You know, there are quite a few options for collecting knives. Handle types, series, pattern styles, the world’s your oyster. But today’s quick blog focuses on a more practical aspect, a look at locking knives.
Now locking knives, as the name suggests, are folding knives that, when open, “lock” into place to stop accidental closings by putting pressure on the spine of a blade, or other such things. There are three main types of locking mechanism on knives, and I’ll show them, give a brief rundown of them, and then offer some examples.
Sound good? Great!
Ok, one of the most common locking blade by a landslide is what’s known as a Lockback. This style has a lock on the spine of the backspring, and a notch on the blade latches it in place, and then when you’re ready to close it, you simply push down on the exposed part of the spring to disengage the lock. Some examples of this style of lock are the Copperlock, the Tribal Lock, and the aptly named Lockback.
Another one you see fairly often is the Liner Lock. It’s a pretty common style in more modern tactical knives, and, in regards to Case knives, you’ll find them in the Russlock, Mid Folding Hunter, and Trapperlock pattern. How they work is one of the liners is cut and bent to act as a sort of spring, which, when the knife is open, locks it in place. This sort of locking style knife is common due to its ease in production and the ease in operation, as it’s one of the most familiar locks, ergo people almost instantly move to operate folding knives with the liner lock as the rule in regards to closing it.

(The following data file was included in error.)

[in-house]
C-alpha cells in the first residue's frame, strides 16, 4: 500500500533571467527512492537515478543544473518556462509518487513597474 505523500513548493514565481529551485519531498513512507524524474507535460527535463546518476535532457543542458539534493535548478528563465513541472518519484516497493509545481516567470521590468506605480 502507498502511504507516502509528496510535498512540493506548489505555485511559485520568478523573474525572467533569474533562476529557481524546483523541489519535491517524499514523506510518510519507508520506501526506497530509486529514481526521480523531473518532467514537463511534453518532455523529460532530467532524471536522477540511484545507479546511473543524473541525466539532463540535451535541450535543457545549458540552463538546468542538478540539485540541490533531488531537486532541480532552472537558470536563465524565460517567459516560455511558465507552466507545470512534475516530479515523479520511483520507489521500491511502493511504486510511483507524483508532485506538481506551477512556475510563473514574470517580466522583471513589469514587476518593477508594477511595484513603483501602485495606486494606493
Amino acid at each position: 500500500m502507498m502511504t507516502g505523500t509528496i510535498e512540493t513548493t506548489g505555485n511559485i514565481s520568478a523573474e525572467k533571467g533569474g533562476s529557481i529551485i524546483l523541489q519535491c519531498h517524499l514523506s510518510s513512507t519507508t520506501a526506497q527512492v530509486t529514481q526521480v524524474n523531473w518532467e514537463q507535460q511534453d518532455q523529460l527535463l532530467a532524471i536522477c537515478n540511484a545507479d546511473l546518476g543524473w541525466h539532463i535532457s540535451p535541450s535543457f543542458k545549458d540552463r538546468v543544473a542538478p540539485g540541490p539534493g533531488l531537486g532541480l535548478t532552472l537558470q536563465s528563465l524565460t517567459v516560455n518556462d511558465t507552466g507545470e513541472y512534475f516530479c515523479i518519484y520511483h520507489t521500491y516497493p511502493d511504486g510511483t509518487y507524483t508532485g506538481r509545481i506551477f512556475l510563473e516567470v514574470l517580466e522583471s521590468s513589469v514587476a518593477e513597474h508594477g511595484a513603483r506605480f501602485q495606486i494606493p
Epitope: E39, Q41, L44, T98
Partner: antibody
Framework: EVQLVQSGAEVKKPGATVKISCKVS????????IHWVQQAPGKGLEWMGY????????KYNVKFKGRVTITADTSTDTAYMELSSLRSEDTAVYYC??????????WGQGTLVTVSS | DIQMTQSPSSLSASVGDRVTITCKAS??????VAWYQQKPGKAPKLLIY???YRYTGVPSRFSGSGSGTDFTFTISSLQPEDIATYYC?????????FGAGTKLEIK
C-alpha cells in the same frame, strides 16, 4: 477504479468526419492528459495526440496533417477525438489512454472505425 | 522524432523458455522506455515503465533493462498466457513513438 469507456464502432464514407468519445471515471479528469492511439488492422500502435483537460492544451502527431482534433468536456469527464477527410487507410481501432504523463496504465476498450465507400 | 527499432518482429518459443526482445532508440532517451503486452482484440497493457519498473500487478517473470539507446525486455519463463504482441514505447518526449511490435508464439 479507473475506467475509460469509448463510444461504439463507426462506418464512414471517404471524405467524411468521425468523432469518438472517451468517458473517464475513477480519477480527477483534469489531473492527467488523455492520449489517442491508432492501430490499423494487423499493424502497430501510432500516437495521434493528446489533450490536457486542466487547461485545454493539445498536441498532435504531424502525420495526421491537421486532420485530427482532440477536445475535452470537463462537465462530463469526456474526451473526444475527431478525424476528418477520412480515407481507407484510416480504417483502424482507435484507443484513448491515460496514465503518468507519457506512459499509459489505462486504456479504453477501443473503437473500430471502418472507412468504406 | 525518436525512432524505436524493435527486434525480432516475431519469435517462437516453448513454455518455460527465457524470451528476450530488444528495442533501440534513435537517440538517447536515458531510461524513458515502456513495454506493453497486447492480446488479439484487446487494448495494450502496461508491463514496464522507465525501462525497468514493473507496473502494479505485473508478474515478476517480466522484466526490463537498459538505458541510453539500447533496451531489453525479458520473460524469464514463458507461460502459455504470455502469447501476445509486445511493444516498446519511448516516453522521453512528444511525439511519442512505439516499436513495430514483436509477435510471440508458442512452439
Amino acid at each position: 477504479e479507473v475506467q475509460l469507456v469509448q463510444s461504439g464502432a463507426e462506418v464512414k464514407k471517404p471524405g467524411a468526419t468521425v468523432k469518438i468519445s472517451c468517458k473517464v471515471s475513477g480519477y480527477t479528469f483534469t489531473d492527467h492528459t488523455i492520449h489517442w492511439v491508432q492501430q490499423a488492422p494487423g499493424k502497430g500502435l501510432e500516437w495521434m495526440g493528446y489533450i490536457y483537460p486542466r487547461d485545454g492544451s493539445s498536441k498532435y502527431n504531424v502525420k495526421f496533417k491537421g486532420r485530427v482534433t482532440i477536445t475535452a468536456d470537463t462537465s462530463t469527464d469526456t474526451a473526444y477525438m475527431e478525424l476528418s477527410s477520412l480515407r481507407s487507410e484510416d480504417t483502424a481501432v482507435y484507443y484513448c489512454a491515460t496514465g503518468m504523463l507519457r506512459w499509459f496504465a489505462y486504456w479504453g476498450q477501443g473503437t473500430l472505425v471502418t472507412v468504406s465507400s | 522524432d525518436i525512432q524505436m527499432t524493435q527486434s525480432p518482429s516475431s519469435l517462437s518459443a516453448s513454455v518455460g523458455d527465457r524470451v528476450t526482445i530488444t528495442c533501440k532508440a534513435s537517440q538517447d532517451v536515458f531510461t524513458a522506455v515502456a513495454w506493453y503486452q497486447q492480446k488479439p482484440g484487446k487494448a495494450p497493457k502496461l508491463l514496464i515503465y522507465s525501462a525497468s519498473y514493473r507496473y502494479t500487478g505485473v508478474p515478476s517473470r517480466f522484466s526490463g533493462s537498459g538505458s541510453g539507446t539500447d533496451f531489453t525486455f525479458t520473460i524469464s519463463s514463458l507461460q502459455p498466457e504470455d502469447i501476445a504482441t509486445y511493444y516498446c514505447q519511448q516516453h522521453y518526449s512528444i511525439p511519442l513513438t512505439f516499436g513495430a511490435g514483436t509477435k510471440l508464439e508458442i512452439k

Last on the listing of typical locking knife styles is the Frame Lock.
This lock is very similar to the liner lock, in regards to the design swings to the side. There’s a cut along the axis of the spine which creates inward pressure, catching the tang of the knife and locking the blade in place. The only real currently produced Case knife that uses a frame lock is the collaborative work with Southern Grind, the Flipper.
There’s a good number of situations where a locked blade can come in quite handy.
We offer all three of the above locking blade types. Check ’em out at the links below:
1.See the Lockback style here in the Mini Copperlock:
2. Check out the Liner Lock here in the Assisted Open Mid Folding Hunter:
3.You can see the Frame Lock on the Flipper here: